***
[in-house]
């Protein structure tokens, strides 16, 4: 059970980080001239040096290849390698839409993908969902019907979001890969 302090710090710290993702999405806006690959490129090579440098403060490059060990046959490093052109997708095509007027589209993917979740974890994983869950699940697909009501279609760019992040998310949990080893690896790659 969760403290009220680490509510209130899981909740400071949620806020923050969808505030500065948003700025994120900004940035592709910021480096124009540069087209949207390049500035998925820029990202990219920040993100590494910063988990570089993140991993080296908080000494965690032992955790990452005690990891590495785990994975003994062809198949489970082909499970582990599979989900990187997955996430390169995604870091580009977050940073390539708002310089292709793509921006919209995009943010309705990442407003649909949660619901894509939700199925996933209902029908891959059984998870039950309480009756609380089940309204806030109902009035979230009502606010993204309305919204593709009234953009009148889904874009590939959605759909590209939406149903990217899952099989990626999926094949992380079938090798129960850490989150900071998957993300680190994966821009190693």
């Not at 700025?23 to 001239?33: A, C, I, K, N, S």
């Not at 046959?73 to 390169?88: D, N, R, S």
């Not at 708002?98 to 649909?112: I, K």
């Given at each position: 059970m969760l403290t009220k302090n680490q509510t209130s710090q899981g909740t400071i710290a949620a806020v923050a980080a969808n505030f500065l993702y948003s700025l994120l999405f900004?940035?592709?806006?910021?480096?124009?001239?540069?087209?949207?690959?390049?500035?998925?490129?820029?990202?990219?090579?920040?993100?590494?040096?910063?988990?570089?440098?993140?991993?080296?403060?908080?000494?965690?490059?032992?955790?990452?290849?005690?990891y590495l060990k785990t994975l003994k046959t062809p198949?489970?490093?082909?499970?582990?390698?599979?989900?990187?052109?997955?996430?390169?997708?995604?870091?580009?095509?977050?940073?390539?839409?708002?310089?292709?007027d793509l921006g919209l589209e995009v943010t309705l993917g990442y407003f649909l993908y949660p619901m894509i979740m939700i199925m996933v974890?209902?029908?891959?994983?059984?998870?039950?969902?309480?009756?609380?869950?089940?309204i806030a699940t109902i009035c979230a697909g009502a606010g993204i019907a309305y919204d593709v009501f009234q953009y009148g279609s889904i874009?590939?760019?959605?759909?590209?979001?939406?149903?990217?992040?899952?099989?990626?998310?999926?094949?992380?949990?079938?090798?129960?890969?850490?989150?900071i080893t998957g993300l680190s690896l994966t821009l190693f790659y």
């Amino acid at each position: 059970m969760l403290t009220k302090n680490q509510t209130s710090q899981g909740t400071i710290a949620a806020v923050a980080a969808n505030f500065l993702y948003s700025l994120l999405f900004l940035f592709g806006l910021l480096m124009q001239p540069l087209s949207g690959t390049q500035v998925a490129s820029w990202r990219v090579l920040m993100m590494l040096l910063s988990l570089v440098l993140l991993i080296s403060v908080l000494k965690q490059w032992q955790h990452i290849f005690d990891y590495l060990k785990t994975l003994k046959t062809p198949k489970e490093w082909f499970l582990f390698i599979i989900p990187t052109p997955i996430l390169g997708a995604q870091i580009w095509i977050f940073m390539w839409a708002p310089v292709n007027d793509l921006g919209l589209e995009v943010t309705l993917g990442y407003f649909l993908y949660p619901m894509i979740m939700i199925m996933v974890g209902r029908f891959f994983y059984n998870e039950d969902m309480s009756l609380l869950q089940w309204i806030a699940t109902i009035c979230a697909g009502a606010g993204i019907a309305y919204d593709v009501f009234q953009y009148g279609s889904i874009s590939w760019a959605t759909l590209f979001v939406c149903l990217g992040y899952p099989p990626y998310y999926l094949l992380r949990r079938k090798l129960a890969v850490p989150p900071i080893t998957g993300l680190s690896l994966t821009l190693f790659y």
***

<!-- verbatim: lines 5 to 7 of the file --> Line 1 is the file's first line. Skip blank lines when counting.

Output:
């Not at 708002?98 to 649909?112: I, K």
């Given at each position: 059970m969760l403290t009220k302090n680490q509510t209130s710090q899981g909740t400071i710290a949620a806020v923050a980080a969808n505030f500065l993702y948003s700025l994120l999405f900004?940035?592709?806006?910021?480096?124009?001239?540069?087209?949207?690959?390049?500035?998925?490129?820029?990202?990219?090579?920040?993100?590494?040096?910063?988990?570089?440098?993140?991993?080296?403060?908080?000494?965690?490059?032992?955790?990452?290849?005690?990891y590495l060990k785990t994975l003994k046959t062809p198949?489970?490093?082909?499970?582990?390698?599979?989900?990187?052109?997955?996430?390169?997708?995604?870091?580009?095509?977050?940073?390539?839409?708002?310089?292709?007027d793509l921006g919209l589209e995009v943010t309705l993917g990442y407003f649909l993908y949660p619901m894509i979740m939700i199925m996933v974890?209902?029908?891959?994983?059984?998870?039950?969902?309480?009756?609380?869950?089940?309204i806030a699940t109902i009035c979230a697909g009502a606010g993204i019907a309305y919204d593709v009501f009234q953009y009148g279609s889904i874009?590939?760019?959605?759909?590209?979001?939406?149903?990217?992040?899952?099989?990626?998310?999926?094949?992380?949990?079938?090798?129960?890969?850490?989150?900071i080893t998957g993300l680190s690896l994966t821009l190693f790659y």
């Amino acid at each position: 059970m969760l403290t009220k302090n680490q509510t209130s710090q899981g909740t400071i710290a949620a806020v923050a980080a969808n505030f500065l993702y948003s700025l994120l999405f900004l940035f592709g806006l910021l480096m124009q001239p540069l087209s949207g690959t390049q500035v998925a490129s820029w990202r990219v090579l920040m993100m590494l040096l910063s988990l570089v440098l993140l991993i080296s403060v908080l000494k965690q490059w032992q955790h990452i290849f005690d990891y590495l060990k785990t994975l003994k046959t062809p198949k489970e490093w082909f499970l582990f390698i599979i989900p990187t052109p997955i996430l390169g997708a995604q870091i580009w095509i977050f940073m390539w839409a708002p310089v292709n007027d793509l921006g919209l589209e995009v943010t309705l993917g990442y407003f649909l993908y949660p619901m894509i979740m939700i199925m996933v974890g209902r029908f891959f994983y059984n998870e039950d969902m309480s009756l609380l869950q089940w309204i806030a699940t109902i009035c979230a697909g009502a606010g993204i019907a309305y919204d593709v009501f009234q953009y009148g279609s889904i874009s590939w760019a959605t759909l590209f979001v939406c149903l990217g992040y899952p099989p990626y998310y999926l094949l992380r949990r079938k090798l129960a890969v850490p989150p900071i080893t998957g993300l680190s690896l994966t821009l190693f790659y």